The Marin County Board of Supervisors is set to decide whether to place a library tax measure on the Nov. 8 ballot.
The measure would renew the tax on packages supporting the Marin County Free Library and increase it to $98 per package.
The tax, which is set to expire on June 30, 2024, generated about $2.8 million in revenue in the 2021-22 fiscal year.
“The package tax takes about 13% of our budget,” said Lana Adlawan, director of the Marin County Free Library. “If we don’t pass this parcel tax, we will have to rethink our service levels.”
The supervisors will address the issue during their meeting on Tuesday.
When supervisors discussed the package tax proposal on July 12, Adlawan said the cuts could include reductions in the amount of reading material available or hours of library service.
The Marin County Free Library is a special tax district that spans unincorporated areas of Marin County as well as Fairfax, Novato, and Corte Madera. Property taxes accounted for nearly $15 million of its $18 million in budgeted revenue for the 2021-22 fiscal year.
The parcel tax was first approved by nearly 75% of district voters on June 8, 2010; the tax was then $49 per package. At the time, county property tax revenues were collapsing due to the Great Recession and falling home assessments. The library had an annual deficit of about $1 million, despite a 12% reduction in its budget and the closure of the San Geronimo Valley Library.
The parcel tax was rolled over to $49 in 2014 with the support of more than 78% of voters in the district.
Despite the revenue generated by the tax, the district had a budget shortfall of $2.4 million in fiscal year 2021-22. County Administrator Matthew Hymel said the district may have ended the year with a deficit closer to $1 million, as much of that deficit came from money budgeted for salaries. who were ultimately not paid due to unfilled positions. The library has the equivalent of 111 full-time employees.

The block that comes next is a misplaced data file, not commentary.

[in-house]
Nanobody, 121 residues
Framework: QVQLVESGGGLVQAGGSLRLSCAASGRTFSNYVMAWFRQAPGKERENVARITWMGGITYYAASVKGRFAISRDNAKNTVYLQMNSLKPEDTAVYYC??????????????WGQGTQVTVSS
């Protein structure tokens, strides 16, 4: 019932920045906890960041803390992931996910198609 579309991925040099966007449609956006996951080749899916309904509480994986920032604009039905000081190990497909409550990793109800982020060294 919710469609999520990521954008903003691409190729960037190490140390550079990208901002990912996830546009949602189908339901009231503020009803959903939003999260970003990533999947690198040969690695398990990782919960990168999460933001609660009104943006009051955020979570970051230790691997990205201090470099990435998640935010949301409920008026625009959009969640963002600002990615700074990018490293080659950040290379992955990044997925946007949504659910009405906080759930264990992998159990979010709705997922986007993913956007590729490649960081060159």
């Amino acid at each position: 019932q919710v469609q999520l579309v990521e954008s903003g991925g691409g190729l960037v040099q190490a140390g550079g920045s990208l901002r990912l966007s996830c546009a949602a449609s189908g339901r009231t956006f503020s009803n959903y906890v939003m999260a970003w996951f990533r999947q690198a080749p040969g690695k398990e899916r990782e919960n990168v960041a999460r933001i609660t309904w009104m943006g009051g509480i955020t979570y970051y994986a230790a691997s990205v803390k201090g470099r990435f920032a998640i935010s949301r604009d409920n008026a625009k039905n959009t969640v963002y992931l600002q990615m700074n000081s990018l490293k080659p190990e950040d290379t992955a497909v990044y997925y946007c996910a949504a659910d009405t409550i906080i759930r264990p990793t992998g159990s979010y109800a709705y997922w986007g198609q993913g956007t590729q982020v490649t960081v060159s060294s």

The property tax amount has increased because it includes a provision for an annual consumer price index adjustment of up to 3%.
“The current package tax is just under $58,” Adlawan said, “so that’s a modest increase we’re asking for. We can only maintain our status quo and our excellent service if we consider d other financing options for the future.
Adlawan said when the system’s facilities were last assessed in 2015, it was estimated that about $5 million in work was needed.
In addition to its main library at the Marin County Civic Center, the system has nine branches throughout the county as well as the Bookmobile and Learning Bus.
System operations have been restricted by the pandemic. In the 2020-21 financial year, it received only 50,368 visitors, compared to 921,126 the previous year. Hardware cases grew from nearly 1.2 million items to 858,030 during this period.
Adlawan told supervisors on July 12 that while the use of digital materials has exceeded that of traditional materials during the pandemic, the circulation of traditional items has once again exceeded the demand for digital items.
In addition to reading material, the library provides access to computers, free wireless connections and reading activities for children. The library also has 79 Chromebooks and Wi-Fi hotspots that members can borrow for up to two weeks.
A poll taken in February indicates that voters in the Library District would support an increase in the parcel tax. Bryan Godbe, president of Godbe Research, which polled 602 likely voters in the district, found that more than 75% said they would support raising the tax to $98 per package and renewing it until the end by the electors.
Godbe said 78% would support raising the tax to $98 and renewing it for 18 years, and 80% would support renewing the tax if it is not increased. A two-thirds majority would be required to renew the tax.
“I encourage you to put it on the ballot. We are ready to come out and support the campaign,” Ginny Schultz, president of the Friends of the Free Library of Marin County, told supervisors at the July 12 meeting.
Not all audience members were so enthusiastic.
“Double the tax rate seems particularly reckless when we are all facing an economic downturn and people are being hit harder and harder by runaway inflation,” said James Holmes of Larkspur. “Not all taxpayers here are wealthy, and we are not indifferent to big tax hikes.”
Clayton Smith said there was no shortage of libraries in Marin, but added that “in all these libraries they are rather deficient in number of books and in quality of books”.
“They’re mostly places to sit and maybe catch up on some magazines,” Smith said, “or sometimes they have exhibits or meetings held there.”